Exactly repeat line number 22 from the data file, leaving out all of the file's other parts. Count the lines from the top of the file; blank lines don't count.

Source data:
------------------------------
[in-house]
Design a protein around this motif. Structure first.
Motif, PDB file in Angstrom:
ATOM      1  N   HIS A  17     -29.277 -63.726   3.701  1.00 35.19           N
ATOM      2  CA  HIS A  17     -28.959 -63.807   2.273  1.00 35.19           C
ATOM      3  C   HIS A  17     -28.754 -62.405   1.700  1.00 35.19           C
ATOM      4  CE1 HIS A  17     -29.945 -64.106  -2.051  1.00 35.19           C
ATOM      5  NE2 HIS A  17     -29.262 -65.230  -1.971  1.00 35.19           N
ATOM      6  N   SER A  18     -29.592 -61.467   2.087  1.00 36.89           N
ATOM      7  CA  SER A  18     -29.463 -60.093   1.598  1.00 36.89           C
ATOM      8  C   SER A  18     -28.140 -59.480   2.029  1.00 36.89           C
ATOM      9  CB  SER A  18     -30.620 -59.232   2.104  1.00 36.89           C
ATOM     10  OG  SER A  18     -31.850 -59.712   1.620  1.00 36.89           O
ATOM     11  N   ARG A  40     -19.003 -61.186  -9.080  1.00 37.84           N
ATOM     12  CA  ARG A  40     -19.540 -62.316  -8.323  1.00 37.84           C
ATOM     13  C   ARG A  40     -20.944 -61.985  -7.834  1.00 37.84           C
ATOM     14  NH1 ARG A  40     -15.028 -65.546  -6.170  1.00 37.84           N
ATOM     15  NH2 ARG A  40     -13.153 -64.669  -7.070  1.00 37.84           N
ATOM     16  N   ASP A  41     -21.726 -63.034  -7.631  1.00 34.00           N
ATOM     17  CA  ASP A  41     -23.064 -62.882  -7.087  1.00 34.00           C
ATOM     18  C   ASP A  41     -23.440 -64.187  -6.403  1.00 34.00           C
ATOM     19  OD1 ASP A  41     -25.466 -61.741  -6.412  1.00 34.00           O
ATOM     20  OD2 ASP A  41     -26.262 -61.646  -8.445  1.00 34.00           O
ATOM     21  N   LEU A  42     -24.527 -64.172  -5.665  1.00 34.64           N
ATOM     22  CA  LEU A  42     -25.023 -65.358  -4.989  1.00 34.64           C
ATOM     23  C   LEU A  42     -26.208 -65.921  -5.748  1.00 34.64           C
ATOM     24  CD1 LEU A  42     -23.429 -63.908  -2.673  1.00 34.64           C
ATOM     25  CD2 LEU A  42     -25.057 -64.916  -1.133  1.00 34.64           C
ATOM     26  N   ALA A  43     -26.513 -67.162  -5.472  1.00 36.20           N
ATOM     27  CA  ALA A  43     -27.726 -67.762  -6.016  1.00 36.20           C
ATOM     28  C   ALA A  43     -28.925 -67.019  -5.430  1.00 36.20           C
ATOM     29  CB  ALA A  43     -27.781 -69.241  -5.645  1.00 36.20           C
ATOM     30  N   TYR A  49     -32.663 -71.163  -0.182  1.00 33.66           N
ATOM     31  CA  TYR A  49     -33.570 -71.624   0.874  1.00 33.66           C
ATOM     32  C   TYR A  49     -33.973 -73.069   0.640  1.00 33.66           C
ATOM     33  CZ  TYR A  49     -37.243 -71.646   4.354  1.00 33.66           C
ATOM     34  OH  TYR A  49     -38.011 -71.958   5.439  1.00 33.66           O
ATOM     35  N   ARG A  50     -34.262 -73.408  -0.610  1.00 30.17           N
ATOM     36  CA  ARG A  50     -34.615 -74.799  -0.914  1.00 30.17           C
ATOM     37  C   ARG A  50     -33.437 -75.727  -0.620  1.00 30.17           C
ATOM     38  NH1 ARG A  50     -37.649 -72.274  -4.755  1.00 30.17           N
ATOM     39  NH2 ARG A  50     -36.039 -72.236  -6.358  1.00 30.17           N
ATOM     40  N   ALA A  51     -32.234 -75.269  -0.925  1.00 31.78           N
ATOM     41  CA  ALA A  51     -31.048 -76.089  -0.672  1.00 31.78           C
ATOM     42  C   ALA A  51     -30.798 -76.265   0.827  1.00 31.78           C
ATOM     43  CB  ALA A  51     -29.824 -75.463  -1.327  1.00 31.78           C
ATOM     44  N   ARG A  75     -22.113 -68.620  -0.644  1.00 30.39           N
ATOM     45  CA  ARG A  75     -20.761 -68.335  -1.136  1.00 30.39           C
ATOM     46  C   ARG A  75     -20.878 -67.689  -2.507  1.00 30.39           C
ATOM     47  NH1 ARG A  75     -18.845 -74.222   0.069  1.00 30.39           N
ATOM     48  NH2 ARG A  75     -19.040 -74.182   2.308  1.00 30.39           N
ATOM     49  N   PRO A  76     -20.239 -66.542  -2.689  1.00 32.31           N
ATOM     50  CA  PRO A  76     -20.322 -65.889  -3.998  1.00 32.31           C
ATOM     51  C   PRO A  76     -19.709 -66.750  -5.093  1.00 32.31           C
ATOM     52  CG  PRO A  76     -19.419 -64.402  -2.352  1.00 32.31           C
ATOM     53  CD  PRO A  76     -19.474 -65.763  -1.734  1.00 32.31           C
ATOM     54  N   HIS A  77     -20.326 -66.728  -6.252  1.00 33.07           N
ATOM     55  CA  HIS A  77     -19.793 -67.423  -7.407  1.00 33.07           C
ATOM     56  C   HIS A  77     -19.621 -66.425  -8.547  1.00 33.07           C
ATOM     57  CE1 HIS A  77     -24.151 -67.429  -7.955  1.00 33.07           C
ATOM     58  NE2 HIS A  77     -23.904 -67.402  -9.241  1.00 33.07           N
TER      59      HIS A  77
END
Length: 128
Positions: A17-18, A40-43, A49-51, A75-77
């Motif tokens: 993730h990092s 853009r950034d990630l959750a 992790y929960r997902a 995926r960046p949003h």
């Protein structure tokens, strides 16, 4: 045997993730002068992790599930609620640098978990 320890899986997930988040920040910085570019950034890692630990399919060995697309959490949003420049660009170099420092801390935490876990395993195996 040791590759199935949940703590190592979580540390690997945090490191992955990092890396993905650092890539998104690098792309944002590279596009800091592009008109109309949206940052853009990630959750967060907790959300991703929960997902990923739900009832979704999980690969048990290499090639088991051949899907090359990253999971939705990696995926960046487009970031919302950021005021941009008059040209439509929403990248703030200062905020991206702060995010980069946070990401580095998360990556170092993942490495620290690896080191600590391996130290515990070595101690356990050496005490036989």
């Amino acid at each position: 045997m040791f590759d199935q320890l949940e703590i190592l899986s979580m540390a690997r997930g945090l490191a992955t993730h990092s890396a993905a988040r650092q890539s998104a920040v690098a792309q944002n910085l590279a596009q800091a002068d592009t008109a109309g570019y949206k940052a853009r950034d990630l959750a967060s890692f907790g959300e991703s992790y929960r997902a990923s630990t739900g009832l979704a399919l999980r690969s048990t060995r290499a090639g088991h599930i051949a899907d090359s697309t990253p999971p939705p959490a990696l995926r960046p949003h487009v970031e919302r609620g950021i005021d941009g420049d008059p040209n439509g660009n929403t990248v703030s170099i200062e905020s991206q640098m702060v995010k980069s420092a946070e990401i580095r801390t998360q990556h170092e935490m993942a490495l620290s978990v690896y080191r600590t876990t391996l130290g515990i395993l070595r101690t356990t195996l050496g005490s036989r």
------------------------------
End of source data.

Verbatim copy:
ATOM     19  OD1 ASP A  41     -25.466 -61.741  -6.412  1.00 34.00           O